Just as we wouldn’t say that a Canadian speaks worse English than an Australian, we can apply the same attitude toward those who speak Singapore English or Indian English, for example. World Englishes “recognizes each variety as legitimate and having its own norms,” said Heng Hartse, which can lead to some interesting controversies. We are seeing more situations in which writer, editor, and audience are working with different norms.
“What responsibility do individual editors have to learn about World Englishes and their role in the global context?” Mercury asked Zhong.
“It’s like any other aspect of professional development,” said Zhong. “We need to become familiar with what they are, in what context they’re used, how we can best serve writers and their audience—with sensitivity.” Ultimately, we have to make sure that the document’s readable. “Other academics all over the world have to understand what someone in Singapore has written.”
Fleury wanted editors to understand that “nonstandard is not a mistake. The challenge is to understand what is standard for the audience.”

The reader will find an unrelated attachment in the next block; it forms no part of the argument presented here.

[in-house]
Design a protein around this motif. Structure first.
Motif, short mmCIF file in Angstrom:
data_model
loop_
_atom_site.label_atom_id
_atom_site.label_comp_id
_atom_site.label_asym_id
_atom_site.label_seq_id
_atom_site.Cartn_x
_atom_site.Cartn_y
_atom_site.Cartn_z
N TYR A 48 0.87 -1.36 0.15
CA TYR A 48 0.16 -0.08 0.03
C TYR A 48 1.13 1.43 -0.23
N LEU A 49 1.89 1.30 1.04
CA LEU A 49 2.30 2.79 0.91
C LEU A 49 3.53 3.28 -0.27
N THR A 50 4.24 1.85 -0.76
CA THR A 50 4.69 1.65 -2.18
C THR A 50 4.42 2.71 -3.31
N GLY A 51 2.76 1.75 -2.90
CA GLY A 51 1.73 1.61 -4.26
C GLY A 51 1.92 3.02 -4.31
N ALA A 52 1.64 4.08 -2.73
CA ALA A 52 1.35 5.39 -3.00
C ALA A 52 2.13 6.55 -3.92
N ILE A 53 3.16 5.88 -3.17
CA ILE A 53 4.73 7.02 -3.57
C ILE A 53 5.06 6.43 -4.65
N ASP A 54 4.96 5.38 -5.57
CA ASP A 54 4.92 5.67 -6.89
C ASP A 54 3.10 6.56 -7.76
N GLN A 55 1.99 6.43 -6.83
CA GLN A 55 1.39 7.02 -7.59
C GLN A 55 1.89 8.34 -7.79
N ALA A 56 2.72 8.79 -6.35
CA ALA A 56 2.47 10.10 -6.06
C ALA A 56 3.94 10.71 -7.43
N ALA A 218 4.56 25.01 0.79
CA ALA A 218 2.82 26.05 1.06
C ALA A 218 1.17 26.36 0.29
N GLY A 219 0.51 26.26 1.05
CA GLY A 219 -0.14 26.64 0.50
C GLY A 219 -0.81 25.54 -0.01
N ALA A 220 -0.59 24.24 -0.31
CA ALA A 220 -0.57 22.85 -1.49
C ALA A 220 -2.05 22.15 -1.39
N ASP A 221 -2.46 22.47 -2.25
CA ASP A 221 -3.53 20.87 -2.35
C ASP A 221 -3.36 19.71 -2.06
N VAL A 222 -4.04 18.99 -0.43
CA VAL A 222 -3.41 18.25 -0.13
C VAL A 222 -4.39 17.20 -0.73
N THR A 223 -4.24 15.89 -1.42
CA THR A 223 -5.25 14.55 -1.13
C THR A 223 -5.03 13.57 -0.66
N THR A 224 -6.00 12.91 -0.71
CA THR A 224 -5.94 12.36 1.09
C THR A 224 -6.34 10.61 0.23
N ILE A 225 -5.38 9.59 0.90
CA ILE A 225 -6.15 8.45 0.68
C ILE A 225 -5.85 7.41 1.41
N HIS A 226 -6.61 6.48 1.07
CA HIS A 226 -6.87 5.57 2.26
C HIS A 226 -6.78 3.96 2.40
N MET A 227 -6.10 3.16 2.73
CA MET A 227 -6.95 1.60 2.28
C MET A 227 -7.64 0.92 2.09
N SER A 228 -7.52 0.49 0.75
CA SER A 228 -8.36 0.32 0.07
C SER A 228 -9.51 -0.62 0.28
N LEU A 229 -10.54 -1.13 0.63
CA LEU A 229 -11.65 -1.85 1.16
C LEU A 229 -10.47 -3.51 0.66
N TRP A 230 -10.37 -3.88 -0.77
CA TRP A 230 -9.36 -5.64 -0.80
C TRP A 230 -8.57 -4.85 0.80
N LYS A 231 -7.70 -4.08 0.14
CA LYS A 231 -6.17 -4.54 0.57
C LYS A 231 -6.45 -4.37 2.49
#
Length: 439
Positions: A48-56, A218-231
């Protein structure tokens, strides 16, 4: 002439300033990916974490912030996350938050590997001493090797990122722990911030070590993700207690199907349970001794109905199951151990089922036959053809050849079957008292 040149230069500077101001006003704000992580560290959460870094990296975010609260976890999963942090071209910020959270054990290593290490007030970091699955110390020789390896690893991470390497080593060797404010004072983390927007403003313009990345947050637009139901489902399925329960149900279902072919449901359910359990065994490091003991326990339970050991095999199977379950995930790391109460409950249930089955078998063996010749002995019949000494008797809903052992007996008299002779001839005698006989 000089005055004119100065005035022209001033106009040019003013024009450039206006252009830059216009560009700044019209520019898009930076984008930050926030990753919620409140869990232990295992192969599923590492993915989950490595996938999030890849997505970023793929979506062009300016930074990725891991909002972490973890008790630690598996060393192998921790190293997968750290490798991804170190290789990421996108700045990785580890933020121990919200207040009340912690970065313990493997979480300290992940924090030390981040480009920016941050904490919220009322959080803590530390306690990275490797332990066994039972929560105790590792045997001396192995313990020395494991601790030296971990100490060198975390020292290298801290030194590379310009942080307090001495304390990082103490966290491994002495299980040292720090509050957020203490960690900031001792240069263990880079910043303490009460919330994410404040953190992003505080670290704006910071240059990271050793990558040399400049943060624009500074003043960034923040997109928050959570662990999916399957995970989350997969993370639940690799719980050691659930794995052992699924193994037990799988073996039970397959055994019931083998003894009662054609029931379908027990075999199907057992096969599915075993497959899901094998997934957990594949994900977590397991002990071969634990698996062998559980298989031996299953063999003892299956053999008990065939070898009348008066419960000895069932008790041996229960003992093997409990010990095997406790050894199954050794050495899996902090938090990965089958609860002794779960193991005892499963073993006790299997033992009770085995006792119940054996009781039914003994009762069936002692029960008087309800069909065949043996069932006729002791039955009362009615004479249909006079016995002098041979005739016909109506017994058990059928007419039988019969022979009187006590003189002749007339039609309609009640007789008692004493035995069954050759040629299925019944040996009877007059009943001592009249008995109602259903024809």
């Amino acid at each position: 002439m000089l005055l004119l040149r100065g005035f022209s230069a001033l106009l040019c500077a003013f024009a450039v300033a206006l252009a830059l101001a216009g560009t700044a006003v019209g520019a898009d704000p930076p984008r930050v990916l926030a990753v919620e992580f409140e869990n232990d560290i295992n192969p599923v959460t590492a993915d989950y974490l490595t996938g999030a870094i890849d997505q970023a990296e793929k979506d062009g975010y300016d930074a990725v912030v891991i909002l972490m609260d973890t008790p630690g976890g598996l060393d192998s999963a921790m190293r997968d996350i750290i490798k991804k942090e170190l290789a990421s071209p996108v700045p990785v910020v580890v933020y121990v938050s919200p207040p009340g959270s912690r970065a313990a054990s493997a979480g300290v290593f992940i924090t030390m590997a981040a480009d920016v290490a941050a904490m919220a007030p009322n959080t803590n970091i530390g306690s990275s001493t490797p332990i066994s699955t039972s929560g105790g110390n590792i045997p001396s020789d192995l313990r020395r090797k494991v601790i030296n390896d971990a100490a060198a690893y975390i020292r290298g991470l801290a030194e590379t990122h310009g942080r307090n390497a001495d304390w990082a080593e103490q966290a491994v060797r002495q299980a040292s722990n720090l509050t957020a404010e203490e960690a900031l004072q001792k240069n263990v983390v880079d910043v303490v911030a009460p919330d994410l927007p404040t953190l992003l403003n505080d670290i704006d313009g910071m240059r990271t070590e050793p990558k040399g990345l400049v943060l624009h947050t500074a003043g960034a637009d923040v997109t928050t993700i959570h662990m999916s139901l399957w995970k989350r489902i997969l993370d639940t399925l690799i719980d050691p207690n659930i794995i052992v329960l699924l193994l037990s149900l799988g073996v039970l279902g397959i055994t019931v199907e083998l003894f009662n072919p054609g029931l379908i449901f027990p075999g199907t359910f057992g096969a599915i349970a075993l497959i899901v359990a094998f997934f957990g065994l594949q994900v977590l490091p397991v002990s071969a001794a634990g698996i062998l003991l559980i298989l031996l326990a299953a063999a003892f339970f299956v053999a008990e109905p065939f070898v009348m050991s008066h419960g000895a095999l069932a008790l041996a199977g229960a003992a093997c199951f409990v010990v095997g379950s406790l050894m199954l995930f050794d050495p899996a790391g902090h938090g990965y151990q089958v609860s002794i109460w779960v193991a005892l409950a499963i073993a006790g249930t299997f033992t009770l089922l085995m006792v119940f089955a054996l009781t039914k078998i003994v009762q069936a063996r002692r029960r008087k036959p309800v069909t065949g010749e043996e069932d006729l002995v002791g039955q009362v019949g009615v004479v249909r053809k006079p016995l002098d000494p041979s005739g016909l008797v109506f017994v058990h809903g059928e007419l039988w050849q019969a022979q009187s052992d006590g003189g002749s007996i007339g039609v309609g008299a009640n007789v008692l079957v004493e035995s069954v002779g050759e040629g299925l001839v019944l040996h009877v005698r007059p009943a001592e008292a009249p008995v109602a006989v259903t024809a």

Zhong says that tries as much as she can to maintain an expert’s voice and style, but context is important. Sometimes authors will write a term or word that they’ve heard somewhere but haven’t used in the right way. Her example was an author’s use of “significant others” to refer to other important people. She explained how that term is usually used and suggested other possibilities that might be clearer to the reader.
Zhong also adjusts her level of editing depending on the purpose of the document. “I edit course material for the Open University of Hong Kong,” she said. “It takes place the place of a lecture, so it has to be accessible to the students. And it has a certain degree of informality that you don’t get in a journal article. So I edit more intrusively: students have to understand the material without the instructor.”
“I query a lot,” said Zhong. “You have to be as clear as possible and always give options. ‘Did you mean X, or did you mean Y? If you meant X, you’ll need a comma here. If you meant Y, maybe you could say it this way.’”
“Is it fair for editors to assume that non-native speakers of English need extensive editing?” Mercury asked Fleury.
“No, it’s not,” she said. “You will find native speakers who are working as writers and need extensive editing. It’s not a problem of second-language speakers or writers. It’s a misconception that second-language writers are not good writers that will give more trouble than pleasure to editors.” Those who are serious about a language, Fleury said, will never stop studying it. “If you can choose, just work with the right writers.”